The other current Smackdown saga continued as well, as JBL, still WWE champion (at least until next week) looked to look impressive again by crushing the generic Mexican wrestler El Gran Luchadore, who this time seemed to split in two (a la Eric Angle), becoming not unlike Mr. America when he started moving like Eddy Guerrero. Great show. The steel cage match is highly anticipated, and it looks to be fitting the bill of the Thursday counterpunch to the Monday PPV as was the habit last year. Smackdown is definitely finding its grrove, and it's thanks to guys like Rey Misterio, Eddy Guerrero, Chavo Guerrero Rene Dupree, John Cena, Booker T, RVD, the Dudleys, and JBL. Oh wait, did I just name all the regulars? The good thing about that is that those who aren't stars right now have the chance to be in the future.
Just look at Cena, or Randy Orton. Both were given their chances early on and neither was looking all that impressive, but the years rolled on and they eventually found themselves, and once they did that they were able to get comfortable enough to really break out. Cena at the Royal Rumble in 2003 (which I recently got on DVD so as to watch the much-hyped and deservably so Kurt Angle-Chris Benoit match that gave the creative team incentive enough for what the Crippler is experiencing this year) was a joke. Yes, Cena at the Royal Rumble in 2003 was a joke. It was the worst kind of rapping imaginable, the kind that had people rightfully hoping he'd soon get over whatever Vanilla Ice he'd had for a late night snack. But you'll notice as he's matured, both in the ring and in character, that not only is his rapping improving but he's growing less dependent on it to establish a rapport with the (increasing becoming his) fans. Cena in 2003, when he was Lesnar's first post WM XIX challenge, was nothing to write home about. Cena in 2004 is like the Rattlesnake of 1996 post-King of the Ring.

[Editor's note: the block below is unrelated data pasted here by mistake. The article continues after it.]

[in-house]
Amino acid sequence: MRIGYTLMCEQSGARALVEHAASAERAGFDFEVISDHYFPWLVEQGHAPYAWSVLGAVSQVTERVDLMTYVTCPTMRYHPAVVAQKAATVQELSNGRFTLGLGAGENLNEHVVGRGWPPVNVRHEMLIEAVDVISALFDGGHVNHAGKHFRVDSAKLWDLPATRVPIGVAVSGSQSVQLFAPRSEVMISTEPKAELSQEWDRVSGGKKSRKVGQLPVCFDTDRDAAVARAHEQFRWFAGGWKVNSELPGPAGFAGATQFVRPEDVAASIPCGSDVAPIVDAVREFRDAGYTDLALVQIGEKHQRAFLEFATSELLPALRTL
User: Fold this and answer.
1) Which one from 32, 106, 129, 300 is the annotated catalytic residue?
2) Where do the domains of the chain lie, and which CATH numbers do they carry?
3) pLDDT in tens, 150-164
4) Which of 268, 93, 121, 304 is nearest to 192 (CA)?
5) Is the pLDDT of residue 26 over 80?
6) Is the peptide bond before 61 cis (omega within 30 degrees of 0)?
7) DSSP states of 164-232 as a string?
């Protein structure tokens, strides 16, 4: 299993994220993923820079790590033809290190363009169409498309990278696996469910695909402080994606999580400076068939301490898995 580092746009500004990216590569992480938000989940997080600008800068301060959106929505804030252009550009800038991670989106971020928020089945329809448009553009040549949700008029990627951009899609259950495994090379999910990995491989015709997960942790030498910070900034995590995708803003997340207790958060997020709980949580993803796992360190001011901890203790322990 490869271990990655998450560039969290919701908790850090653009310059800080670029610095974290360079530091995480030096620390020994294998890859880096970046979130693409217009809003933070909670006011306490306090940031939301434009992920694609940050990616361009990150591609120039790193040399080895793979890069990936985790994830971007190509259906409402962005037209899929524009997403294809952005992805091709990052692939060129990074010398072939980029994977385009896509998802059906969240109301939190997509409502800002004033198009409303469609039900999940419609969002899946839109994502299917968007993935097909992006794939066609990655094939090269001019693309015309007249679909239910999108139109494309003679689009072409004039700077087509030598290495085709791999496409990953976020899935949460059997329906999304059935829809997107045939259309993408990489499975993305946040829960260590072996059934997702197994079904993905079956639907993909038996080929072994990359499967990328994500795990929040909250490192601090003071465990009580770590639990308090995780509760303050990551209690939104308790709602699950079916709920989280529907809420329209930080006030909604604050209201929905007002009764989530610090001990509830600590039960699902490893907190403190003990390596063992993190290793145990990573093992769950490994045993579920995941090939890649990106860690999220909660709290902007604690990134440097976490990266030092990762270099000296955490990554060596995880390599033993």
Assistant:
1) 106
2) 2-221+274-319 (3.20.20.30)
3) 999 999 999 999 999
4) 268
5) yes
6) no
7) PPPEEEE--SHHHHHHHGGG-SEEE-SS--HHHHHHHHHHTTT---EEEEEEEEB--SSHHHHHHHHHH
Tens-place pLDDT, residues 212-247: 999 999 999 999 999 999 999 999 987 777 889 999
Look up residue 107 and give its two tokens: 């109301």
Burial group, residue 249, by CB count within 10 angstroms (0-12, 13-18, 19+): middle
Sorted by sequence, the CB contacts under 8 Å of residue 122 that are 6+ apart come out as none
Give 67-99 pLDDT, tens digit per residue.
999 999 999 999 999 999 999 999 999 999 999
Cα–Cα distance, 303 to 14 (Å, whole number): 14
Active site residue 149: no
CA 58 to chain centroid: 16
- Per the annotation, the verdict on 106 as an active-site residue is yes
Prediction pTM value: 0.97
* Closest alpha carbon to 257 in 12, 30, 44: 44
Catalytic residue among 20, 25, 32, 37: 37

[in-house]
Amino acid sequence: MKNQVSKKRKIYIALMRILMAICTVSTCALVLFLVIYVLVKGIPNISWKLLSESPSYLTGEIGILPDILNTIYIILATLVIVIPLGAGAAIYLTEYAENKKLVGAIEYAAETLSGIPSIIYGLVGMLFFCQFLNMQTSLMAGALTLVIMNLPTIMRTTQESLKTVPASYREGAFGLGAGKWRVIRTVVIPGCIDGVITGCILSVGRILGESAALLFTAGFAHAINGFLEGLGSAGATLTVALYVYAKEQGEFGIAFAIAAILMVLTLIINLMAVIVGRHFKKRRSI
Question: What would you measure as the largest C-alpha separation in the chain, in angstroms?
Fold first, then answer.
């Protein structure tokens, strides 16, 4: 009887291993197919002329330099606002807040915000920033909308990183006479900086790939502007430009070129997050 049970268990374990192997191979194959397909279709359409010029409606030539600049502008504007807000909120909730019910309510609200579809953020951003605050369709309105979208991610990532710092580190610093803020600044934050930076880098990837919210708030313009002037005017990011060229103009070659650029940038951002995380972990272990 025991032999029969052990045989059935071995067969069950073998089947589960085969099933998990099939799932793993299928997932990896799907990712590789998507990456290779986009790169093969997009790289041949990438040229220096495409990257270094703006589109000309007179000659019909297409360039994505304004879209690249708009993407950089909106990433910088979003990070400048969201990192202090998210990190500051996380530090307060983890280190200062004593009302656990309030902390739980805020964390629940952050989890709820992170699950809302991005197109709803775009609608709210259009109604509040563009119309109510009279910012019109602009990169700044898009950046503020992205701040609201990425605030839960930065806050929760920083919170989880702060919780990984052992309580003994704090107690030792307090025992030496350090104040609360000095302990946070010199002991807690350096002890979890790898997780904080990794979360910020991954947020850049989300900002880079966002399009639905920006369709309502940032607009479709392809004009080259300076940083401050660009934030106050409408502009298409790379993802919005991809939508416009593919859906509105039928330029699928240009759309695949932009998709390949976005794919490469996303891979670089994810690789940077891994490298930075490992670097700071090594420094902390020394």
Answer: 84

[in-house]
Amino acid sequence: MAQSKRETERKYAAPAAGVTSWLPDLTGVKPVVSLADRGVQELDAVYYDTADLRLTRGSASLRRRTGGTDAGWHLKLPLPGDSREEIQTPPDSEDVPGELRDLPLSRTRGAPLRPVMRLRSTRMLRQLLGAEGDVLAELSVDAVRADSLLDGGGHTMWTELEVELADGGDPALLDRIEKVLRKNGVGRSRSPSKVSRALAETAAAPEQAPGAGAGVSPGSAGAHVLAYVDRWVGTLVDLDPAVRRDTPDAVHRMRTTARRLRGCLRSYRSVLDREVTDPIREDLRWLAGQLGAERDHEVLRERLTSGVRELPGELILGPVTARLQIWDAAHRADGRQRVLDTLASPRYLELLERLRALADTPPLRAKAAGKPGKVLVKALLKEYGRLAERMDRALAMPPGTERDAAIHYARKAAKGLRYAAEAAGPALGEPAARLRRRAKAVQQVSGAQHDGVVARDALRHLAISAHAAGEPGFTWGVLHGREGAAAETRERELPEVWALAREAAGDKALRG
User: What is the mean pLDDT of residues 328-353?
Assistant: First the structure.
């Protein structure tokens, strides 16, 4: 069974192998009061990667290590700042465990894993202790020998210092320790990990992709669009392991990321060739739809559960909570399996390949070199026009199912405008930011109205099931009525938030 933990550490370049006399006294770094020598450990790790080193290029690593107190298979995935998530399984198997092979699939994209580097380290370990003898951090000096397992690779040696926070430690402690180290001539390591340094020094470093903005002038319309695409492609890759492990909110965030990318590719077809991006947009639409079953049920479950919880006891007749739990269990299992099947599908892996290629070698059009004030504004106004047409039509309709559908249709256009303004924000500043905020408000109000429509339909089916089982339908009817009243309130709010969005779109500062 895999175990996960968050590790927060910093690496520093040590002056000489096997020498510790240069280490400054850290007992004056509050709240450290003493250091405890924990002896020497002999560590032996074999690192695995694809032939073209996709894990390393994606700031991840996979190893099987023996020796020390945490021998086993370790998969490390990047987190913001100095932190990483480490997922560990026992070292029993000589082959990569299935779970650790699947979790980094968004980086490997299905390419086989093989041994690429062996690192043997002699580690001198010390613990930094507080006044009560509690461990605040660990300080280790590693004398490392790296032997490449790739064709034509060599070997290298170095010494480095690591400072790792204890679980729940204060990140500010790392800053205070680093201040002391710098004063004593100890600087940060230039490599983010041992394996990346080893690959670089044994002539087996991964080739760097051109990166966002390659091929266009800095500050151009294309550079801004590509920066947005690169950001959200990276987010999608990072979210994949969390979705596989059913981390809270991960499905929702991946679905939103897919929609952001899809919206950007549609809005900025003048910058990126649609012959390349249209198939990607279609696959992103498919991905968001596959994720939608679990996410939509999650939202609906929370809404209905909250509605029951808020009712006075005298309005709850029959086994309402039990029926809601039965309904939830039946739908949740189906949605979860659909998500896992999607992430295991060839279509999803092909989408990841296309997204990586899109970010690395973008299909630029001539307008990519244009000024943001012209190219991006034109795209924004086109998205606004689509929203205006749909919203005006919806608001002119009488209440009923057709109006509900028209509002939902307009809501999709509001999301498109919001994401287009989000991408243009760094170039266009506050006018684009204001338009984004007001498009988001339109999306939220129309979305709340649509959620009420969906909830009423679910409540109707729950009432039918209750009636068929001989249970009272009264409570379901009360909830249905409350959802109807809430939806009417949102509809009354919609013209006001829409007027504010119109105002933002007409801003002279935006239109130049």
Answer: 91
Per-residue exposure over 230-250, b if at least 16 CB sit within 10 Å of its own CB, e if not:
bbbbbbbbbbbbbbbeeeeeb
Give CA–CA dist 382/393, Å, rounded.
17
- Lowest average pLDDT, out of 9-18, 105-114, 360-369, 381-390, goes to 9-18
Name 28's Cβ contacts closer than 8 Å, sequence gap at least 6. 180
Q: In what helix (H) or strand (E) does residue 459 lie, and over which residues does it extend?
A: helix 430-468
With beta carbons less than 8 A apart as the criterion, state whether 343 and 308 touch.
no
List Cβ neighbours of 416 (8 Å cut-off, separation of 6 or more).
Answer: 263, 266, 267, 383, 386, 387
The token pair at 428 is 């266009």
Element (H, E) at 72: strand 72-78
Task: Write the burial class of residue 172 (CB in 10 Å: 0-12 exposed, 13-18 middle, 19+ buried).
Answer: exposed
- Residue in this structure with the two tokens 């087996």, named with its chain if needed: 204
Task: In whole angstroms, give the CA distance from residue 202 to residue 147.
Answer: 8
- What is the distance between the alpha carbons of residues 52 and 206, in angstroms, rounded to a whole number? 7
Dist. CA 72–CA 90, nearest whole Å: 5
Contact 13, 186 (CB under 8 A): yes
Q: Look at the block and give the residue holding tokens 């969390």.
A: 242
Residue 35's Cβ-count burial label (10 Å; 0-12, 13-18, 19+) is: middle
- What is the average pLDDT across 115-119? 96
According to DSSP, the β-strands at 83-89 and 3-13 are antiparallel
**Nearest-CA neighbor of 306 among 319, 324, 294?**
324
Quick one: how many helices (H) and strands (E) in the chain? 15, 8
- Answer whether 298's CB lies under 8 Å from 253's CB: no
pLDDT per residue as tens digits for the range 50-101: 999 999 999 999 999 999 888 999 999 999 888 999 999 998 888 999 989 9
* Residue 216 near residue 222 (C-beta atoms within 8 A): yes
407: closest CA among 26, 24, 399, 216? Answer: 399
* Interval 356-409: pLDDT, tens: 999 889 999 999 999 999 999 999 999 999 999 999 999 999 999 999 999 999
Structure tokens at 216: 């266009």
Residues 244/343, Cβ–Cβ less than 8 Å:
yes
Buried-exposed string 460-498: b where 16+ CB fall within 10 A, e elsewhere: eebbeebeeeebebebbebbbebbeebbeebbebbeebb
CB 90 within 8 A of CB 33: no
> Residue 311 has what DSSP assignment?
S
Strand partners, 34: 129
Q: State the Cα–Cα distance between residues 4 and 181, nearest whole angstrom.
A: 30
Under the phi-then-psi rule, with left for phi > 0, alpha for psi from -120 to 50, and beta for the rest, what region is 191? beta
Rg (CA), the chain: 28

Other notes from that night included Lesnar's less-than-enthusiastic reception upon winning the rumble. He took care of Undertaker and then only got the crowd on its feet when Taker came back into the ring. I guess it's true. The guy was pushed too far too fast. He might have deserved it, earned it, in the creative team's eyes, but not in the fans'. And his chance to do that was at WM XIX, and his missed that moonsault. He just was never going to get it after that.
During the rumble itself it was apparent that Test was practically someone at the time. But that went nowhere once he got tangled in with Scott Steiner, who earlier in the night laid a brutal fight on Triple H. It was vintage Big Poppa Pump, but it was also the beginning of the end for the Genetic Freak in WWE. Maybe it was a reaction to Triple H more than it was to Steiner, but the two PPV matches seemed to only work against him. I haven't seen the other one, mind you, but when I hear things like Steiner is past his prime and that's reason enough, then I begin to wonder. Maybe he wasn't taken seriously because he was WCW's last dominant star. Those guys from the waning days get very little respect, and that's unjustified. Hogan, who made an ass of himself, still gets the biggest love when he returns to WWE, but anyone else, forget it. Even Jeff Jarrett and his efforts with NWA-TNA get little respect. It's always about the other wrestlers making waves there, like the X division or A.J. Styles or Raven's post-WWE revival. It's a WCW curse.
And then I read in one of the sub-division PWI rags a debate as to whether or not WM XX was one of the all-time greats. Call me a fool (and if anyone at all reads the Monk, they probably do), but it was. I don't even need to have seen all the other 19 to make that call. But what do I know?
Here's something, maybe. I tuned in to the premiere of the new Big Brother, and then quickly tuned out. That's the worst casting job for that show yet, and I've watched it from the beginning. What were they thinking?